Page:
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In my entry from last Friday, I qualified my thoughts on video games and gaming by explaining that I find the process of play to be fascinating.

It’s true, I do find the act of playing to be something that’s always an interesting process – partly due to some of the more obvious excursions that play allows (role-playing as some far-flung hero; making decisions or play-acting in a way that doesn’t affect anything meaningful in real life; etc.), but also because I really enjoy engaging with other people in a ‘play’ scenario. That’s not to say that I don’t enjoy socialising with people in a normal setting or just offhand – I mean that I find it very interesting to see what other people do when they’re engaged in something that doesn’t have proper consequences in real life; to see what choices they make and what strategies they employ in winning the game or tackling the problem at hand.

For me, his fascination has, most prominently, been propagated through my expanding passion for board- and tabletop gaming; the social aspect of which still properly brings me a whole fuckton of joy. I miss the good times of the PlayStation/PS2 and Nintendo 64/GameCube console generation(s) where, routinely, four people would come together to hammer out a few rounds of GoldenEye 007, Micro Machines V3 or Mario Kart: Double Dash!!. There are, of course, exceptions to the rule but multiplayer video games now overwhelmingly force players to be separated by a connection barrier rather than just a simply sharing a multitap and a beanbag in front of the TV. Part of this feeling is borne of nostalgia, but it’s mainly a frustration at how good things used to be and how the community of gaming friends crouched around a tiny CRT monitor looking at a tinier quadrant of screen felt far more connected and social than the gargantuan, exhaustive ‘community’ that online play now elevates.

Part of the reason that I’ve grown so attached to tabletop gaming, I think, is that it helps propagate a worthwhile social aspect of play that has (rather disappointingly) all but vanished from digital gaming. Sure, text and voice chat still exists in PC and console gaming and it’s easy to arrange your friends to be connected to you in a virtual space, but it’s not the same as being able to gloat theatrically and extensively in the face of a friend – sitting right next to you – who’s just been blown up by a Blue Shell right before they cross the finish line and pipping them to the post.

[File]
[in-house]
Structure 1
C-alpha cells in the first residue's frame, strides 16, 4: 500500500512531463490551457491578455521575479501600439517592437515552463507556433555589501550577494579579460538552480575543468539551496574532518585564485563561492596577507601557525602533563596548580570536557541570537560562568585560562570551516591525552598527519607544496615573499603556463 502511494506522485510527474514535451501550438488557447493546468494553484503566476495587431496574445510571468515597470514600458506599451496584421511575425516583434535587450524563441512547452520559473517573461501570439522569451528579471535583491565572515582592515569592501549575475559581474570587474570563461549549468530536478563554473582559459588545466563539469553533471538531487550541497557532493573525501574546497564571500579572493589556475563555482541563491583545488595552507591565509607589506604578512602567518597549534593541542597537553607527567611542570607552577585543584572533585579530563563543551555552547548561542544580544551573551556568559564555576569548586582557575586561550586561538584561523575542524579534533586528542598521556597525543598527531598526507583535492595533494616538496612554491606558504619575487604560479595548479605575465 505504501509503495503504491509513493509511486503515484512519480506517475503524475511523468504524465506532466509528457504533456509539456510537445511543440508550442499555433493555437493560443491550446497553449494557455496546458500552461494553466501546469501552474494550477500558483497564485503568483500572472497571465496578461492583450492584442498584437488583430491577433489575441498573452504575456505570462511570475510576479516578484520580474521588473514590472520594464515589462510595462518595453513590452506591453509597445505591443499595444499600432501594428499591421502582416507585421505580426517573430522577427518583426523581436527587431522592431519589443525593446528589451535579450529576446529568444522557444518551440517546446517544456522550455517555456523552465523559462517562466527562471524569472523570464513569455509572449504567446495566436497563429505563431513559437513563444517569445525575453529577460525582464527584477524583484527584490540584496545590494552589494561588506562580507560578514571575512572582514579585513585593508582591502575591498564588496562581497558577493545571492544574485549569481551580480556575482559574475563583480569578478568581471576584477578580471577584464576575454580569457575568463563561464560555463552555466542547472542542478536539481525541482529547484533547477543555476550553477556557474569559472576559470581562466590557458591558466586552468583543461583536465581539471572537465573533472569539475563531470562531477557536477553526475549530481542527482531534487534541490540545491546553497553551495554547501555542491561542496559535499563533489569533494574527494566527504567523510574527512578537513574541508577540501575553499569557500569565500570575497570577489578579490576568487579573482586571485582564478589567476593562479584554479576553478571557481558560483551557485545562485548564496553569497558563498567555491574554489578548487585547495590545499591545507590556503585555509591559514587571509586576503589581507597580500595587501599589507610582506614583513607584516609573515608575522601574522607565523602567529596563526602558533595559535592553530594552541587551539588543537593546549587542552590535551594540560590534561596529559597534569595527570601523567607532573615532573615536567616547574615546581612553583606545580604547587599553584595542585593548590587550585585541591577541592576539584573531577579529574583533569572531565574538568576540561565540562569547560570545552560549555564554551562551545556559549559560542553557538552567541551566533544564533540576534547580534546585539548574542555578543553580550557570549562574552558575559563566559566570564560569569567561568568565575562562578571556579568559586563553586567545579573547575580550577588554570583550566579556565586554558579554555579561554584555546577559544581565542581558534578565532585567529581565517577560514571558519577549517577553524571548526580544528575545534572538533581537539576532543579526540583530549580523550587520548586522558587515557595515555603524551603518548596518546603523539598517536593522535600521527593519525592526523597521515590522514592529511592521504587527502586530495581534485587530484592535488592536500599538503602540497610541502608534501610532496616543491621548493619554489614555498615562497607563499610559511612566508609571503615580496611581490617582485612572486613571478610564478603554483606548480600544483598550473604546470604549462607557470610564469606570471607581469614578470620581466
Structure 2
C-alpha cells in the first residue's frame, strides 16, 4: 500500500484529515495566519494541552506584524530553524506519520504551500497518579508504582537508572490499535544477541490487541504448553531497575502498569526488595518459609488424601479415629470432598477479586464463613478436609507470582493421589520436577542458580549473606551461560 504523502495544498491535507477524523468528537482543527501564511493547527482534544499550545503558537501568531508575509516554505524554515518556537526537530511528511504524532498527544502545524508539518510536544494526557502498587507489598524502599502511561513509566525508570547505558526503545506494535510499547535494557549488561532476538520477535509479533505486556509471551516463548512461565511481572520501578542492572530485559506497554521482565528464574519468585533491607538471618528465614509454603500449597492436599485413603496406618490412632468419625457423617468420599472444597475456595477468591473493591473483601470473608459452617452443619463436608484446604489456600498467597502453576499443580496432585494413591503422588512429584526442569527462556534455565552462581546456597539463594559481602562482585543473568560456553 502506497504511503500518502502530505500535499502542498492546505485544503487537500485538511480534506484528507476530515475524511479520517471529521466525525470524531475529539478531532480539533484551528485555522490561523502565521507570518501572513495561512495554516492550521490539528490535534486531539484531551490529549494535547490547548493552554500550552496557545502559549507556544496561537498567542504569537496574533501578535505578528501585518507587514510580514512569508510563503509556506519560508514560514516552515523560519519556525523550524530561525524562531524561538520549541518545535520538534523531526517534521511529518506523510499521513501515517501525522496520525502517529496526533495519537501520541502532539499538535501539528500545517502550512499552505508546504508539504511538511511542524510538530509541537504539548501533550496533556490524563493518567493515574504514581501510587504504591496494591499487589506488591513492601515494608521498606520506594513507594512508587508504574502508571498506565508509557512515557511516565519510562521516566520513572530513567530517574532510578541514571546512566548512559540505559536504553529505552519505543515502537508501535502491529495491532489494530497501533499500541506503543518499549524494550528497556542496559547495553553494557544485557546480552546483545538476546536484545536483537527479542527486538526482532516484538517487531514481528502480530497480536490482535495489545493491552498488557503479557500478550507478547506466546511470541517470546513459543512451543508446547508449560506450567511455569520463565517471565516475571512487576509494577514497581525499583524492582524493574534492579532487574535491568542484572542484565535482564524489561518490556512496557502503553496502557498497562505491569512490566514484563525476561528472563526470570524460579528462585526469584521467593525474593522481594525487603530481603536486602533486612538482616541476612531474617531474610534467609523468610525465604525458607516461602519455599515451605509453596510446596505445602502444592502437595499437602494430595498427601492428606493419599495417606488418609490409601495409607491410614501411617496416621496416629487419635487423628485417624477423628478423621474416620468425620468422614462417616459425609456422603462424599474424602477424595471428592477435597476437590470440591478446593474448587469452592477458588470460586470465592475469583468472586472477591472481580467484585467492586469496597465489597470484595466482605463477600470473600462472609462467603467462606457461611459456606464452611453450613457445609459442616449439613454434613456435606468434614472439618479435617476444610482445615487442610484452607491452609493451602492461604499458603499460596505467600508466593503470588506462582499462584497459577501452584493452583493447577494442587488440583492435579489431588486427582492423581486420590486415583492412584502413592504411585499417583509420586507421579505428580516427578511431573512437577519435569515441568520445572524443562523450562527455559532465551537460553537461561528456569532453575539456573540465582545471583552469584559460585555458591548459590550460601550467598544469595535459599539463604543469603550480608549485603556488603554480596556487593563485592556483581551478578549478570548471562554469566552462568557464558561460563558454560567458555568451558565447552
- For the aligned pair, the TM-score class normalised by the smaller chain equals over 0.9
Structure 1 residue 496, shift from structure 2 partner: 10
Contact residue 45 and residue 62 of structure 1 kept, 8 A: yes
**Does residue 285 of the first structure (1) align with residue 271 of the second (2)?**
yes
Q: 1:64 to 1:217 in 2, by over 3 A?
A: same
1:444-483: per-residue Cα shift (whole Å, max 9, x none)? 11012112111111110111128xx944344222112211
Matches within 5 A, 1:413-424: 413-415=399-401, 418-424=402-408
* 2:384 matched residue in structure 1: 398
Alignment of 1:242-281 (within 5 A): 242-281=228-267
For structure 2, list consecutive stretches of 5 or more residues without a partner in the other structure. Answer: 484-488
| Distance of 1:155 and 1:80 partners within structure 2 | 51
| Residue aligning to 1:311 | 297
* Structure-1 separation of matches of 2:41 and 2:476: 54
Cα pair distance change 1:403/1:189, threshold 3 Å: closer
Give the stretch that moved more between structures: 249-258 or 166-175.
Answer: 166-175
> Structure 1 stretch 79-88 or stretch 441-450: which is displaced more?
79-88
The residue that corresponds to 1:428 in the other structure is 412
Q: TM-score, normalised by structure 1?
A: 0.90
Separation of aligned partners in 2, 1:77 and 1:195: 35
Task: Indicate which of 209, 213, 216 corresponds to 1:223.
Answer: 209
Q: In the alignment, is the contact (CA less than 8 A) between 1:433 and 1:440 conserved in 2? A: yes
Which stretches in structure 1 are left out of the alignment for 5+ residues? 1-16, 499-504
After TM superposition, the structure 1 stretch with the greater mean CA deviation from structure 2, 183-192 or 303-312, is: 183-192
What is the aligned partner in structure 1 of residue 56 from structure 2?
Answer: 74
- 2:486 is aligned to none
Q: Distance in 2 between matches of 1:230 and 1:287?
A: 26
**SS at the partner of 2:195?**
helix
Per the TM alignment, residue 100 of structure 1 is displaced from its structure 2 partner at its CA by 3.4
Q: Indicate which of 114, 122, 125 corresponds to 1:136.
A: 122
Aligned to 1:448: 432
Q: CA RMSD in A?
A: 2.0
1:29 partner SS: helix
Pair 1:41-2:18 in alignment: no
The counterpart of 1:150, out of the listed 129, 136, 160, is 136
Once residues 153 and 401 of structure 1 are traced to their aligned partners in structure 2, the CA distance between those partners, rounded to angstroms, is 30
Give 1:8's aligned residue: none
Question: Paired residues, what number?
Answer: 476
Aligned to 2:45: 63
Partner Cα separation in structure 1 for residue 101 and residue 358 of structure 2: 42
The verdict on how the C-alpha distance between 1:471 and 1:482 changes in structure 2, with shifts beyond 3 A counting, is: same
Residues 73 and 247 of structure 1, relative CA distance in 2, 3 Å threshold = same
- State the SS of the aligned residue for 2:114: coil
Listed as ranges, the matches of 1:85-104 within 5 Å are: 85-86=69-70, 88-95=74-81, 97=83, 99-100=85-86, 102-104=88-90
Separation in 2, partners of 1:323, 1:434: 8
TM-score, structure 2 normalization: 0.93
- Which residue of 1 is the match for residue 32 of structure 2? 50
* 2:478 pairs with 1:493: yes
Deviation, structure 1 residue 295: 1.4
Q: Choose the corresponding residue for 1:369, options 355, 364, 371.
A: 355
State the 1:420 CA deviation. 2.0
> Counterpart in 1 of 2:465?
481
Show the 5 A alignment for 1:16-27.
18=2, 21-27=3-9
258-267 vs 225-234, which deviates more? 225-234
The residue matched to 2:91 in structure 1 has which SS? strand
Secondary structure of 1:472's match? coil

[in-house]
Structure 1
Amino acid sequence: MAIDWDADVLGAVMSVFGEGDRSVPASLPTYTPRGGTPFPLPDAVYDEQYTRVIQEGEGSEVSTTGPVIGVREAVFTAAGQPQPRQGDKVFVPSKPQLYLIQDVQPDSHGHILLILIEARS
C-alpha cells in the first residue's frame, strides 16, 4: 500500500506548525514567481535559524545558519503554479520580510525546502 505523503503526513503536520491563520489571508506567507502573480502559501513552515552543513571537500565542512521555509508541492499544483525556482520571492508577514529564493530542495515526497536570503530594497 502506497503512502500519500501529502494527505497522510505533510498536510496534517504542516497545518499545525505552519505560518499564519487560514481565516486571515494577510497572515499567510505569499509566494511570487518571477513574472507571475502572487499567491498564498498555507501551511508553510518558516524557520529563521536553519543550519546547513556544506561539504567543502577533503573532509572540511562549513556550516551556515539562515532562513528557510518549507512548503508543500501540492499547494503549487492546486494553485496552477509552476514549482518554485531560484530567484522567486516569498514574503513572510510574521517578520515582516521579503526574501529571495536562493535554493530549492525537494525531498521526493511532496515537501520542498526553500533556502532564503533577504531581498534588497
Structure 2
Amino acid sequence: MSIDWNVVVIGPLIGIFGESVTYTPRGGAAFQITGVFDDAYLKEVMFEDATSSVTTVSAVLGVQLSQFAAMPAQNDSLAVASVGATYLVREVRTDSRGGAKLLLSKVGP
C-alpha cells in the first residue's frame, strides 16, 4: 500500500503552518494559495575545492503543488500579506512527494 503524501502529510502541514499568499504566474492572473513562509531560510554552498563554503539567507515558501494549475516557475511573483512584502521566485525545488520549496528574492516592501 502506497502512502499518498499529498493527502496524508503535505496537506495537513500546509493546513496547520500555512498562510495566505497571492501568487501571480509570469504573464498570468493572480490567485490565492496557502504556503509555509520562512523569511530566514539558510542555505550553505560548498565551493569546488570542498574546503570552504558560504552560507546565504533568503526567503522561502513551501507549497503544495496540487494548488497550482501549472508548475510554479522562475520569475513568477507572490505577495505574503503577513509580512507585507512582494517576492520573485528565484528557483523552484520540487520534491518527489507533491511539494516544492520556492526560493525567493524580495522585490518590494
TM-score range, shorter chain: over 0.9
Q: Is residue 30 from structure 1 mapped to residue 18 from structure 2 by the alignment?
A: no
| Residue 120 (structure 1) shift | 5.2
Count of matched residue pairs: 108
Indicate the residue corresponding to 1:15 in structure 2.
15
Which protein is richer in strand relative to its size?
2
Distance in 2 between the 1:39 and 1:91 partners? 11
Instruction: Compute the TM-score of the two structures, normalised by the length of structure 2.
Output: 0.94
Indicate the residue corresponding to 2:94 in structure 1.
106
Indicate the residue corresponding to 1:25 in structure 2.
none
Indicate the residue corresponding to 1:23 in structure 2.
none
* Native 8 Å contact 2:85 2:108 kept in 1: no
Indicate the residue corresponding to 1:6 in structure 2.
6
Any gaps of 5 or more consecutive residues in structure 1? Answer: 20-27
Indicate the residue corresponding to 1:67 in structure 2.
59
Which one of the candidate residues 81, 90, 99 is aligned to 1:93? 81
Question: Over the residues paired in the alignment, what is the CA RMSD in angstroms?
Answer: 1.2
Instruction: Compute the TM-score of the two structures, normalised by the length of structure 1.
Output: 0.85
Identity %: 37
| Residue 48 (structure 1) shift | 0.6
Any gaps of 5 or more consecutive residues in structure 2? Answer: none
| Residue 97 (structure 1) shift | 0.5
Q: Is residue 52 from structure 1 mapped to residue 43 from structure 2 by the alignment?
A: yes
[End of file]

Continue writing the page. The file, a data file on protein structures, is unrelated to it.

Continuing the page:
In short: Sharing the same, physical, social space with a bunch of close friends while engaging in the process of play is infinitely more entertaining than getting 360noscoped and being called a homosexual by a fourteen year-old you’ve never met on the other side of the world.

The rise of German-style “designer” board games can, partly, be interpreted as a reaction to the ebbing sense of ‘social’ play in modern video games. As consoles have gained online capabilities in the last 10/12 years, (online) gaming has transitioned video gaming away from the “family” environment (with a small group of people in your own living room) to engaging with vast servers of unknown, random nodes across a gargantuan network. While board games have always been a popular activity – before and after the invention of video games –  I have definitely noticed a trend in how designer board games have swelled in number over the last six or seven years and even begun to infiltrate shelf-space in more mainstream shops (i.e. those that aren’t specialist gaming stores) on the High Street. I don’t think it’s a coincidence that these trends tally up quite so well.

Naturally, there are likely a whole lot of other reasons why these trends exist and it’s unlikely to be so simple a correlation that one can say, without question, that the shift towards online multiplayer video gaming has stoked the fires of Euro-style board gaming. But I think that there’s definitely a pattern involved, and perhaps it’s one that’s associated with gamers becoming a little disillusioned with the state of modern, AAA video games and aching to rediscover a sense of community play that seems to be growing more absent with each console generation.

In parallel, I’ve noticed a growth in the establishment of more, local tabletop gaming groups, and the population of existing ones swelling in number as more people discover the hobby. From personal experience, the genetic make-up of most of these groups tends to be formed, predominantly, of blokes in their thirties and onwards; at least, among those that aren’t based at, or very near, University campuses and the like. I might be painting with some fairly broad brush-strokes here, but I often feel like quite a proportion serious board game hobbyists are, perhaps, the kind of people that used to play video games but, perhaps, have fallen out of favour with them in the last few years; turning to tabletop gaming as more of an alternative. Of course, I haven’t canvassed the opinions of many of the board gaming community as to whether this is a 100% accurate deduction, but I’d be willing to place some stake behind being at least partially on the money.